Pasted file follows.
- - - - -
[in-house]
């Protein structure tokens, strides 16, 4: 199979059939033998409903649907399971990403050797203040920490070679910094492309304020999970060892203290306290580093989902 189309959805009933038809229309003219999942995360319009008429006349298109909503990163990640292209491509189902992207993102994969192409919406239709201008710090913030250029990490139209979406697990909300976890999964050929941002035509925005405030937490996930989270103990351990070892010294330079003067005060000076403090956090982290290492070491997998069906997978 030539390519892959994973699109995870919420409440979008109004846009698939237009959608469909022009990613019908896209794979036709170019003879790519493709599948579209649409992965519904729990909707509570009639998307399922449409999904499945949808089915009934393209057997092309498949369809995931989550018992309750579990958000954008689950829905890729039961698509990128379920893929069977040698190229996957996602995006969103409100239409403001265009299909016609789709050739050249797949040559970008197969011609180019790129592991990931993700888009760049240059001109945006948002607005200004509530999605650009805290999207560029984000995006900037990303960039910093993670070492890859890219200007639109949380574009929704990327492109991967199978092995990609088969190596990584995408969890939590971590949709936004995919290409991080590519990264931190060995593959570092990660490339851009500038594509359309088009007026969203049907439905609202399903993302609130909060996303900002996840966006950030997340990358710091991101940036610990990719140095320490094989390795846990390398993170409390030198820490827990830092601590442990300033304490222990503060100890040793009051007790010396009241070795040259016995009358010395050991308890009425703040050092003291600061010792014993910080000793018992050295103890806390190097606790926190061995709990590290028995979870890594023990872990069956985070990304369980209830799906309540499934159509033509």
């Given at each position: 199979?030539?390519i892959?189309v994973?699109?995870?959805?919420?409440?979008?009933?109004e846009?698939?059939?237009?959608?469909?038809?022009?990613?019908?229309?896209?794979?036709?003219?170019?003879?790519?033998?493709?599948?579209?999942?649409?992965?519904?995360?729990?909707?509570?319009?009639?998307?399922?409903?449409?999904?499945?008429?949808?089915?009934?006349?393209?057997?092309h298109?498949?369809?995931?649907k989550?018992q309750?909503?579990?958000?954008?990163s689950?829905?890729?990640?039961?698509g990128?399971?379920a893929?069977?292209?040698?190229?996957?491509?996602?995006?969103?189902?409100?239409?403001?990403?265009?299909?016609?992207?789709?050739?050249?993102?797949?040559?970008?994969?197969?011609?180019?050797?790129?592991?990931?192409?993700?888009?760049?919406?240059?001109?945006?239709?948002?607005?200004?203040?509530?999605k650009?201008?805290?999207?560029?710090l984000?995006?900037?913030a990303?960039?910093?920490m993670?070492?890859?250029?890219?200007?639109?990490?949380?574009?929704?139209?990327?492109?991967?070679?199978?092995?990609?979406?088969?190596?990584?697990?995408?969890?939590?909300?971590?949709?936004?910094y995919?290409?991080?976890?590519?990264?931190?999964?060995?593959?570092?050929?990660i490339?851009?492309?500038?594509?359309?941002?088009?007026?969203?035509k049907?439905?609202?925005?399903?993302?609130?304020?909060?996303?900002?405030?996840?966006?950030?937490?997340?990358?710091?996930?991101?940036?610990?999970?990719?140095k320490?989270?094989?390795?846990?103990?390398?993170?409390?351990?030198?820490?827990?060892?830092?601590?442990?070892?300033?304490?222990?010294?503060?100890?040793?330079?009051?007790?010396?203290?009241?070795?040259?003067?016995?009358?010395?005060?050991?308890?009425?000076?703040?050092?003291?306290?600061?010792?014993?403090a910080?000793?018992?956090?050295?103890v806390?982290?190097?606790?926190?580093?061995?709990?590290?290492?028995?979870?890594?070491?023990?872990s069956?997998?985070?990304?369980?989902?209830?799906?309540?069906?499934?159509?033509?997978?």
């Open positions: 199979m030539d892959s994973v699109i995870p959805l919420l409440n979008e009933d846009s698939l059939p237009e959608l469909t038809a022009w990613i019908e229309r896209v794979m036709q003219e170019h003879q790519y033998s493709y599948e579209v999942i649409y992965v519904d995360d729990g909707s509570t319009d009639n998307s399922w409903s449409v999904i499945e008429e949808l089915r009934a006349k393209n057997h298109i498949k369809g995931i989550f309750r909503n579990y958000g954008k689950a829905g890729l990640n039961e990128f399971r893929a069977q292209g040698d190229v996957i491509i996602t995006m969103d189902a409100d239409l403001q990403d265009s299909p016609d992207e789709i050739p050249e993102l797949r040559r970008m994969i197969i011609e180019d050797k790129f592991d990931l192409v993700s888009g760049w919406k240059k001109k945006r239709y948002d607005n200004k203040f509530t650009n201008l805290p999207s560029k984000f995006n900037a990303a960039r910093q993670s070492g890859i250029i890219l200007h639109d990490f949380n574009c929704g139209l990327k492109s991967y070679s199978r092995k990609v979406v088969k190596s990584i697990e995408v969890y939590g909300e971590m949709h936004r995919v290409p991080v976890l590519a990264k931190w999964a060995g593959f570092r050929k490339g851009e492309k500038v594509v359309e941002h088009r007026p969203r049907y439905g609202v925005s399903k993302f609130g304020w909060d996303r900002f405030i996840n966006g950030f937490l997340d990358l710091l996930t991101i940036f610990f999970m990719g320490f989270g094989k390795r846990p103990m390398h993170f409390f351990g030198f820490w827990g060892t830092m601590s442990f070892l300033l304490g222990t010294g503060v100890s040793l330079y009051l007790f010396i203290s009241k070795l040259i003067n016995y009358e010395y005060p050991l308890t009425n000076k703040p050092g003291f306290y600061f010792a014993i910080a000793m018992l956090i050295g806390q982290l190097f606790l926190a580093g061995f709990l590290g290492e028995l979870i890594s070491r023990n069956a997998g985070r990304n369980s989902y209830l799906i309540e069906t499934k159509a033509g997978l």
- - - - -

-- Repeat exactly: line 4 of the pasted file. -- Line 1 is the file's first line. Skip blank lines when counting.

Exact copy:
């Open positions: 199979m030539d892959s994973v699109i995870p959805l919420l409440n979008e009933d846009s698939l059939p237009e959608l469909t038809a022009w990613i019908e229309r896209v794979m036709q003219e170019h003879q790519y033998s493709y599948e579209v999942i649409y992965v519904d995360d729990g909707s509570t319009d009639n998307s399922w409903s449409v999904i499945e008429e949808l089915r009934a006349k393209n057997h298109i498949k369809g995931i989550f309750r909503n579990y958000g954008k689950a829905g890729l990640n039961e990128f399971r893929a069977q292209g040698d190229v996957i491509i996602t995006m969103d189902a409100d239409l403001q990403d265009s299909p016609d992207e789709i050739p050249e993102l797949r040559r970008m994969i197969i011609e180019d050797k790129f592991d990931l192409v993700s888009g760049w919406k240059k001109k945006r239709y948002d607005n200004k203040f509530t650009n201008l805290p999207s560029k984000f995006n900037a990303a960039r910093q993670s070492g890859i250029i890219l200007h639109d990490f949380n574009c929704g139209l990327k492109s991967y070679s199978r092995k990609v979406v088969k190596s990584i697990e995408v969890y939590g909300e971590m949709h936004r995919v290409p991080v976890l590519a990264k931190w999964a060995g593959f570092r050929k490339g851009e492309k500038v594509v359309e941002h088009r007026p969203r049907y439905g609202v925005s399903k993302f609130g304020w909060d996303r900002f405030i996840n966006g950030f937490l997340d990358l710091l996930t991101i940036f610990f999970m990719g320490f989270g094989k390795r846990p103990m390398h993170f409390f351990g030198f820490w827990g060892t830092m601590s442990f070892l300033l304490g222990t010294g503060v100890s040793l330079y009051l007790f010396i203290s009241k070795l040259i003067n016995y009358e010395y005060p050991l308890t009425n000076k703040p050092g003291f306290y600061f010792a014993i910080a000793m018992l956090i050295g806390q982290l190097f606790l926190a580093g061995f709990l590290g290492e028995l979870i890594s070491r023990n069956a997998g985070r990304n369980s989902y209830l799906i309540e069906t499934k159509a033509g997978l």